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Rangdum is located in Jammu and Kashmir
Location in Jammu and Kashmir, India
Rangdum is located in India
Rangdum (India)
Coordinates: 34°04′N 76°21′E / 34.06°N 76.35°E / 34.06; 76.35Coordinates: 34°04′N 76°21′E / 34.06°N 76.35°E / 34.06; 76.35
Country India
StateJammu and Kashmir
3,657 m (11,998 ft)
 • OfficialUrdu
Time zoneUTC+5:30 (IST)

Rangdum is in a valley situated 3,657 m (11,998 ft) above the sea level, in an isolated region of the Suru valley in the Ladakh region in the state of Jammu and Kashmir in Northern India. On one side are the colorful hills while on the other side are rocky mountains and glaciers, notably Drang-drung.

Rangdum is located midway between Kargil and Padum. It is about 137 kilometers from Kargil. The road conditions are very bad near Rangdum. A JKTDC bungalow is available at Rangdum. Restaurants and hotels are also available here. There is no access to electricity, phone or internet.

"Rangdum, with its gompa and the attendant village of youldo, Tashi thongzes and chaker is the last inhabited region in the Suru valley; it is also the destination of the nomadic herdspeople called (Doksa), they are From Rangdum the valley rises to 4400 metres and the Pensi-la, the gateway into Zanskar."[1]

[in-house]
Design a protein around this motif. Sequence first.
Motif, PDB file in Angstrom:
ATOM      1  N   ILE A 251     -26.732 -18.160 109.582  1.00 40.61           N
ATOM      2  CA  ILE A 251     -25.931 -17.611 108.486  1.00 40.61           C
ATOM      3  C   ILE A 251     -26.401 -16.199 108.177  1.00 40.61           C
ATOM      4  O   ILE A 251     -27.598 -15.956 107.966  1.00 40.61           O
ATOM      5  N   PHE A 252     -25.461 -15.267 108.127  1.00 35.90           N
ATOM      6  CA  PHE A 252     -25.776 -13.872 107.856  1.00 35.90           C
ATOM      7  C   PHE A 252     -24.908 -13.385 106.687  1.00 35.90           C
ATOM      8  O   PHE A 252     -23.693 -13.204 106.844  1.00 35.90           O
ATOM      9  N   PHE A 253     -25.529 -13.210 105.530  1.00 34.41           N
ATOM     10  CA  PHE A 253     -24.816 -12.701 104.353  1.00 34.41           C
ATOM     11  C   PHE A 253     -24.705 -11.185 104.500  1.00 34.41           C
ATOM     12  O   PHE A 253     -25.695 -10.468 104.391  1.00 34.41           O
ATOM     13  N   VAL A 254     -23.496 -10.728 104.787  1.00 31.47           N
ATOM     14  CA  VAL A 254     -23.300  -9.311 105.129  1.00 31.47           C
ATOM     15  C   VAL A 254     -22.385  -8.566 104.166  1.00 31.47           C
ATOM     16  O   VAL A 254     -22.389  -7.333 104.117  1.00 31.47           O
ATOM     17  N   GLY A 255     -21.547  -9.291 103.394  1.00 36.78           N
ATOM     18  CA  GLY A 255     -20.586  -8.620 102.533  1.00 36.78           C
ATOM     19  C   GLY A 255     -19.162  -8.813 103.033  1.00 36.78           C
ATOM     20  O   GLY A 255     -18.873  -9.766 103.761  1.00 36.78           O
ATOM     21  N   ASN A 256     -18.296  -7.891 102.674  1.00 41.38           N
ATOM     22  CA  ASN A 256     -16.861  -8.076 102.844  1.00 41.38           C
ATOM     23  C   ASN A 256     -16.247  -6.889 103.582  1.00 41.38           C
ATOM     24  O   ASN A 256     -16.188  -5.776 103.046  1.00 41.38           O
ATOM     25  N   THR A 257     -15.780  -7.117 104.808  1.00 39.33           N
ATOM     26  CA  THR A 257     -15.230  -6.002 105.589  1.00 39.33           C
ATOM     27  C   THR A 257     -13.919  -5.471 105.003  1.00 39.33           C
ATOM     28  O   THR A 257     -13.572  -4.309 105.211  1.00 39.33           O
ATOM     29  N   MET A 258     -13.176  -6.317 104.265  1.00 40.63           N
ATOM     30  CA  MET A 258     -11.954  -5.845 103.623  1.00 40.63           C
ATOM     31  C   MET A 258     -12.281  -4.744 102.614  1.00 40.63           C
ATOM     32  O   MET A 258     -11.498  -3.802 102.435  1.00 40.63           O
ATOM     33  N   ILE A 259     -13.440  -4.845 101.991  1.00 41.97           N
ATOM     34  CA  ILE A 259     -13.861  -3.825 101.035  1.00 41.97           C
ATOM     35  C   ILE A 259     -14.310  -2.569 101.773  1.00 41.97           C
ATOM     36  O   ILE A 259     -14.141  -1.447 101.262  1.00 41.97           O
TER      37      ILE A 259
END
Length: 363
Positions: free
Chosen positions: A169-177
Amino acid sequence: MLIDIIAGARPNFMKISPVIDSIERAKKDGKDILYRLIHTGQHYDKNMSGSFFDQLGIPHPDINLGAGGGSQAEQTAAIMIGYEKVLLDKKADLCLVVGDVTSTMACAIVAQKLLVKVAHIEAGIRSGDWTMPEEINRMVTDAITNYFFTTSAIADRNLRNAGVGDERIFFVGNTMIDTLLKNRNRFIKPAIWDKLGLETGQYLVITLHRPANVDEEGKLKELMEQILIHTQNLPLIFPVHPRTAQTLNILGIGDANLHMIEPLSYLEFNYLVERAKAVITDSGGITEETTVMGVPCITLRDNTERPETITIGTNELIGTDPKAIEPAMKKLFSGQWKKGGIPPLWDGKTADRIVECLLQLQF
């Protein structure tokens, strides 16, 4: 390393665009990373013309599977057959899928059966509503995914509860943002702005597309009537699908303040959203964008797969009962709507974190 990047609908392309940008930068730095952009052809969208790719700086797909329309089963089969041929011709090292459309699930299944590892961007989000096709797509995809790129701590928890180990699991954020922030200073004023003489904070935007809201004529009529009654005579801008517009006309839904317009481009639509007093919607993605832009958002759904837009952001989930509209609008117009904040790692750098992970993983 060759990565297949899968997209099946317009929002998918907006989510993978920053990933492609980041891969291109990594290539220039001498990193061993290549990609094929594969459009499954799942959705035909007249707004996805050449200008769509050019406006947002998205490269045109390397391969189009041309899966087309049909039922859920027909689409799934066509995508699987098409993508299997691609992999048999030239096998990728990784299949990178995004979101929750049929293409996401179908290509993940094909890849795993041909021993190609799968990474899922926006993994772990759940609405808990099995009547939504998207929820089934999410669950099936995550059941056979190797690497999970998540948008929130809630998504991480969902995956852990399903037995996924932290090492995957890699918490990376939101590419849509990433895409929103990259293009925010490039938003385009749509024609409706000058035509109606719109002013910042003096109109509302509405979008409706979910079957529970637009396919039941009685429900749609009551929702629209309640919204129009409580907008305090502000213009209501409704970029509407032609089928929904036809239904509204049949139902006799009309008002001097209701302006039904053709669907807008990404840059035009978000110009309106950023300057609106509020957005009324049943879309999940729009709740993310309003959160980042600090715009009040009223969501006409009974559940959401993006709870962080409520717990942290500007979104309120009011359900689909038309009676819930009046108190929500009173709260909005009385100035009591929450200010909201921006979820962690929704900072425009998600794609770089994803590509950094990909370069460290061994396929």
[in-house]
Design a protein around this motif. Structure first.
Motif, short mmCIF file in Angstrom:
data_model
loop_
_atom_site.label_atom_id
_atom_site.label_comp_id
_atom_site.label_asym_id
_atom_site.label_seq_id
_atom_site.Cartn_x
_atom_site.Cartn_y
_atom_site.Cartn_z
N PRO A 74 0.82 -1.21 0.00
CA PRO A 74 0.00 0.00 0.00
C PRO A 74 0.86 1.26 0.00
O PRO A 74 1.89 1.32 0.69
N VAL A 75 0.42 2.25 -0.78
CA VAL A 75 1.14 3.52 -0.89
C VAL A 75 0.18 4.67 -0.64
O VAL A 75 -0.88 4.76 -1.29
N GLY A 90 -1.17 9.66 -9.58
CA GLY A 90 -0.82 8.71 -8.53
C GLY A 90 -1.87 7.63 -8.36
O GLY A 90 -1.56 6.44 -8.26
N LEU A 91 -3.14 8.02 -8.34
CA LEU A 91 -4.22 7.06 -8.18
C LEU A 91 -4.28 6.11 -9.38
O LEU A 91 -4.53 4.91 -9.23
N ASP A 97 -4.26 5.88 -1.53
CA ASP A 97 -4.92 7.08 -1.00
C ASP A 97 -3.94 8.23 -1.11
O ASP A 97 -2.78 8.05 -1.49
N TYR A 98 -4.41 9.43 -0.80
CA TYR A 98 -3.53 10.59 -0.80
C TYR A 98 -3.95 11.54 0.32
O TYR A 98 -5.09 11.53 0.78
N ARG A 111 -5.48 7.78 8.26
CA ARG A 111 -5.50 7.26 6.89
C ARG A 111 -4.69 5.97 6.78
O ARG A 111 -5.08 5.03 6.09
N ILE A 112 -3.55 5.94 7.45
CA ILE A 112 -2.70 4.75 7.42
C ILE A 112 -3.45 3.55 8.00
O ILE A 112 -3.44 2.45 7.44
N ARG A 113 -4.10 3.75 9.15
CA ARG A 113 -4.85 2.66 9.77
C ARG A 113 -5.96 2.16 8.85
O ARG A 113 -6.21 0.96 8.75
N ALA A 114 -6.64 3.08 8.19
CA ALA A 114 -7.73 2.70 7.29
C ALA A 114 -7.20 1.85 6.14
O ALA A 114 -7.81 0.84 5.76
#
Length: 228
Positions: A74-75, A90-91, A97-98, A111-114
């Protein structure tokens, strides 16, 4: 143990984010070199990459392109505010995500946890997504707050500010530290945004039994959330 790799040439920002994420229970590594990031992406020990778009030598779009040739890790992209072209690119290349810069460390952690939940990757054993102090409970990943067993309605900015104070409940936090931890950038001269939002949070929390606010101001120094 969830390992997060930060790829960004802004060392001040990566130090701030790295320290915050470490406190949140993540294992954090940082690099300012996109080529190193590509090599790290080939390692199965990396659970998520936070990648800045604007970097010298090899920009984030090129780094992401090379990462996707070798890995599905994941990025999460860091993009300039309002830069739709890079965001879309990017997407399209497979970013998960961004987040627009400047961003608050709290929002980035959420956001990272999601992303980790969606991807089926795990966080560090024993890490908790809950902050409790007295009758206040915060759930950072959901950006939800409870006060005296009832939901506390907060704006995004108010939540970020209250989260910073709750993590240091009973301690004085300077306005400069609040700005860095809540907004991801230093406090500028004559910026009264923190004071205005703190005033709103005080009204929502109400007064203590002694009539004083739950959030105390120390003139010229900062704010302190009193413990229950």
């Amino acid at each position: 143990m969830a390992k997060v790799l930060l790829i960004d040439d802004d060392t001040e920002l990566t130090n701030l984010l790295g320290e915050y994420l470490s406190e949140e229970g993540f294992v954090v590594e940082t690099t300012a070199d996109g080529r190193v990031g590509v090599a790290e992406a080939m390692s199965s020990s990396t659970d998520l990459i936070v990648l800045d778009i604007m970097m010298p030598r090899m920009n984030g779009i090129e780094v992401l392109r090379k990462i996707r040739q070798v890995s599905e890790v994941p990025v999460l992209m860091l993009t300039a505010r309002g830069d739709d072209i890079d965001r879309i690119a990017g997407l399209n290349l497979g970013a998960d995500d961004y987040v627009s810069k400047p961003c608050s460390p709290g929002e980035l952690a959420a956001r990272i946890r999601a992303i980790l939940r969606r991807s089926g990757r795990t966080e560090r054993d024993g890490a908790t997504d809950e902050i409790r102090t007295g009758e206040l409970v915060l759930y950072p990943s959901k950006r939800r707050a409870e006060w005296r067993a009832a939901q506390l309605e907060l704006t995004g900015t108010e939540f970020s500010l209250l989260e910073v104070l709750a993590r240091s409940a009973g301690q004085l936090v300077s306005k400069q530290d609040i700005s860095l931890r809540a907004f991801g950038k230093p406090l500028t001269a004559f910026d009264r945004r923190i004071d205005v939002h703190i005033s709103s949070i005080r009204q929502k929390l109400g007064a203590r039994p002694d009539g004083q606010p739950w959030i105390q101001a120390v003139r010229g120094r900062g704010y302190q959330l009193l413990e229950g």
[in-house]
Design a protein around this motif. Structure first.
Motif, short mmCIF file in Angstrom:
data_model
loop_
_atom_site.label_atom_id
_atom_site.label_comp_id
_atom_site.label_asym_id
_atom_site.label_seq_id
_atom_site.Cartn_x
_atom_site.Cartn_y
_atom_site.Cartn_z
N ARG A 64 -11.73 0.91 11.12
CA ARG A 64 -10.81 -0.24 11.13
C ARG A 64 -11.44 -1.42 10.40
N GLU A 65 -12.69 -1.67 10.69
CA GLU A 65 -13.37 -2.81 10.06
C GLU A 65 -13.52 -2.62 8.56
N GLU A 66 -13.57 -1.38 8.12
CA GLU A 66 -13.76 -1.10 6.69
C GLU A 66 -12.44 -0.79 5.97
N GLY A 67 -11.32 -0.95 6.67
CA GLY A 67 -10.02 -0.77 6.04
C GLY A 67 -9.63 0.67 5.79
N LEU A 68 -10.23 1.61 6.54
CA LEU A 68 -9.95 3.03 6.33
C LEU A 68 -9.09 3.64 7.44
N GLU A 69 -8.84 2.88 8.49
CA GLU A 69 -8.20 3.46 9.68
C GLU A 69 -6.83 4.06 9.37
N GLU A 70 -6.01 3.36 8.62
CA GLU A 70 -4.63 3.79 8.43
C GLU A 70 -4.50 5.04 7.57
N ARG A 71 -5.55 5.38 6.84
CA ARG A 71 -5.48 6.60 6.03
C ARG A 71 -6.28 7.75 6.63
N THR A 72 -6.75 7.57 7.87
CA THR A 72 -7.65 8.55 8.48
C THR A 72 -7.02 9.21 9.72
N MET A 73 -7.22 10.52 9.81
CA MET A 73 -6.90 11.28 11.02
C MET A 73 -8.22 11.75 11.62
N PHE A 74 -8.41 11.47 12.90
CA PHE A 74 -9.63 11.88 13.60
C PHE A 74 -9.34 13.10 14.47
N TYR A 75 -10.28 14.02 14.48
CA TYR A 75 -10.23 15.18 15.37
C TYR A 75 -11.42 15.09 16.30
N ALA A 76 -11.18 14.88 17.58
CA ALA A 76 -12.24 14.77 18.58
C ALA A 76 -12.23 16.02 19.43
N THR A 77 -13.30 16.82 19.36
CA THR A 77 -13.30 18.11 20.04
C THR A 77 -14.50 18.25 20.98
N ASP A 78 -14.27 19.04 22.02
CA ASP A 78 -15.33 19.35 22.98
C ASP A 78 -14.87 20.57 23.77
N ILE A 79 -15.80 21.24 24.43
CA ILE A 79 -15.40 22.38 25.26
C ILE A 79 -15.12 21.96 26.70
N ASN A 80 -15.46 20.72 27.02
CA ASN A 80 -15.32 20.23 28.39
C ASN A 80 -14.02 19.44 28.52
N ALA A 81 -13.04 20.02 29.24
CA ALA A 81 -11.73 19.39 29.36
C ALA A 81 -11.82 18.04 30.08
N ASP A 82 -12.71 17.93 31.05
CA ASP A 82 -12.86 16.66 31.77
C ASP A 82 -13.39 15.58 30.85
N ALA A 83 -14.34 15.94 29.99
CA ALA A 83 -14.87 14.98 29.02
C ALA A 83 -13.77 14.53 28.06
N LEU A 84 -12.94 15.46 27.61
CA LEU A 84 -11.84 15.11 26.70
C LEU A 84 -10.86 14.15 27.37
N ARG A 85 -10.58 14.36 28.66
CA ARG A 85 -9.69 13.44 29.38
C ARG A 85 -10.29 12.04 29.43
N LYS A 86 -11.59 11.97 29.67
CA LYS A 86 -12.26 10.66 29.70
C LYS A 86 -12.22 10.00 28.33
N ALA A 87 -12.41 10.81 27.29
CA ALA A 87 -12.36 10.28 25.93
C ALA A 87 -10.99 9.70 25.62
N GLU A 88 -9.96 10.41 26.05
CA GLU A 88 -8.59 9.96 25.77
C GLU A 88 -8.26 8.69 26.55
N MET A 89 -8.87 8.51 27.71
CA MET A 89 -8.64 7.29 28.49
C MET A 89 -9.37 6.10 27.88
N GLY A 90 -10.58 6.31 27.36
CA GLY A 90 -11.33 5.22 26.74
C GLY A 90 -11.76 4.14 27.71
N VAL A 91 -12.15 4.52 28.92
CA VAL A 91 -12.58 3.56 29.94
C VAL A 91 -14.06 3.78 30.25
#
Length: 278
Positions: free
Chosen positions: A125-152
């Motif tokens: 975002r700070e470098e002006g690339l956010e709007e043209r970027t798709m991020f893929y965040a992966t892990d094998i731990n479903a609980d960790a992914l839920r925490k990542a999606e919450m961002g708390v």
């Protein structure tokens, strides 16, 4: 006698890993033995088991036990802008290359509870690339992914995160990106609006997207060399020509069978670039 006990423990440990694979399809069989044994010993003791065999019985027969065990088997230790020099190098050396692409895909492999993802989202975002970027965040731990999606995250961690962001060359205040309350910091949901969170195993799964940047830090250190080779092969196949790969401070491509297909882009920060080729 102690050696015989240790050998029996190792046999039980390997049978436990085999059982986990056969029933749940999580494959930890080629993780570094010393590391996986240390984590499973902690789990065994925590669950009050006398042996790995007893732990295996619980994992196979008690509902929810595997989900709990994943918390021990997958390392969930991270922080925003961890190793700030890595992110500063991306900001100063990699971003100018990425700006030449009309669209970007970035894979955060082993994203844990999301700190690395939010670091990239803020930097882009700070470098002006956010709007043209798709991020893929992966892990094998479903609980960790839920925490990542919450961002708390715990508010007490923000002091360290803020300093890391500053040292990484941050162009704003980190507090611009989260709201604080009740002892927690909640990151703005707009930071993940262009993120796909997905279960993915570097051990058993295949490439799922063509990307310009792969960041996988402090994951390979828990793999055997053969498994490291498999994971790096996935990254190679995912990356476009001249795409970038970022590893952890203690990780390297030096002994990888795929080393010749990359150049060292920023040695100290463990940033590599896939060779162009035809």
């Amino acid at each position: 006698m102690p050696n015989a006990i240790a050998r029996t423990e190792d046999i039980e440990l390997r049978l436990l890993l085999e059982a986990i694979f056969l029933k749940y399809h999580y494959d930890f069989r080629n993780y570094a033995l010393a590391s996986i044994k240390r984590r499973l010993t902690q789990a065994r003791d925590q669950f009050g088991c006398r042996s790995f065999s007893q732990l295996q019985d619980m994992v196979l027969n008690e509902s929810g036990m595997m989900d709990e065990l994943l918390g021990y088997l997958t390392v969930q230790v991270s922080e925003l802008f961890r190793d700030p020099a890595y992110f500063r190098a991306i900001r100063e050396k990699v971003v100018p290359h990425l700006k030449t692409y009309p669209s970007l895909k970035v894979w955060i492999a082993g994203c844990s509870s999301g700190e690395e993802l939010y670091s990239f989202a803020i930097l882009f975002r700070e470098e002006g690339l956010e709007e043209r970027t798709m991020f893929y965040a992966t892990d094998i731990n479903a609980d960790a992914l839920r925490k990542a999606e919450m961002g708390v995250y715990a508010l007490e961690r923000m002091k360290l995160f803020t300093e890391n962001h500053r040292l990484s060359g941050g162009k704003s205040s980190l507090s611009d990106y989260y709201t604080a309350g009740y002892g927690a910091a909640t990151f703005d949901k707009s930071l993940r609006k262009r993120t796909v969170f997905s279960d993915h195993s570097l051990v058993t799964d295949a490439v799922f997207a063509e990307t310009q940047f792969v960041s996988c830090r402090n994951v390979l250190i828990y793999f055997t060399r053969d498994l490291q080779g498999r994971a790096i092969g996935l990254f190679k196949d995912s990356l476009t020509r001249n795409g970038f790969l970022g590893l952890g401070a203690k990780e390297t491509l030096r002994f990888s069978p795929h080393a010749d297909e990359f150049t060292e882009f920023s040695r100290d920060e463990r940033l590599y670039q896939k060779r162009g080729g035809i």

Sheep of Rangdum village

The country surrounding Rangdum Monastery is very bleak and crops sometimes cannot ripen in the brief summer. The locals depend on their flocks and supplies from Zanskar.

The population of the Suru Valley as far as Parkachik are all Muslim. The spectacularly beautiful valley is, however, practically uninhabited past Parkachik other than a couple of tiny settlements. The small village parkachik is end village of Muslim and Gomdun (parkachik glacier)the valley are entirely Buddhist. The people are socially and culturally part of neighbouring Zanskar and support the 18th century Rangdum Monastery belonging to the Gelugpa sect of Tibetan Buddhism.[2][3]

Rangdum has a tourist bungalow, three homestay and, around 2 km from the village, a summer-only camp offering accommodation for tourists in bedded tents and Guest House.[4]


  1. ^ Rizvi (1996), p. 28.
  2. ^ Rizvi (1996), pp. 29, 253.
  3. ^ Schettler, Margaret & Rolf (1981), p. 150.
  4. ^ Lonely Planet India guide, 12th edition


  • Janet Rizvi. (1996). Ladakh: Crossroads of High Asia. Second Edition. Oxford University Press, Delhi. ISBN 0-19-564546-4.
  • Schettler, Margaret & Rolf (1981). Kashmir, Ladakh & Zanskar. Lonely Planet Publications. South Yarra, Victoria, Australia. ISBN 0-908086-21-0.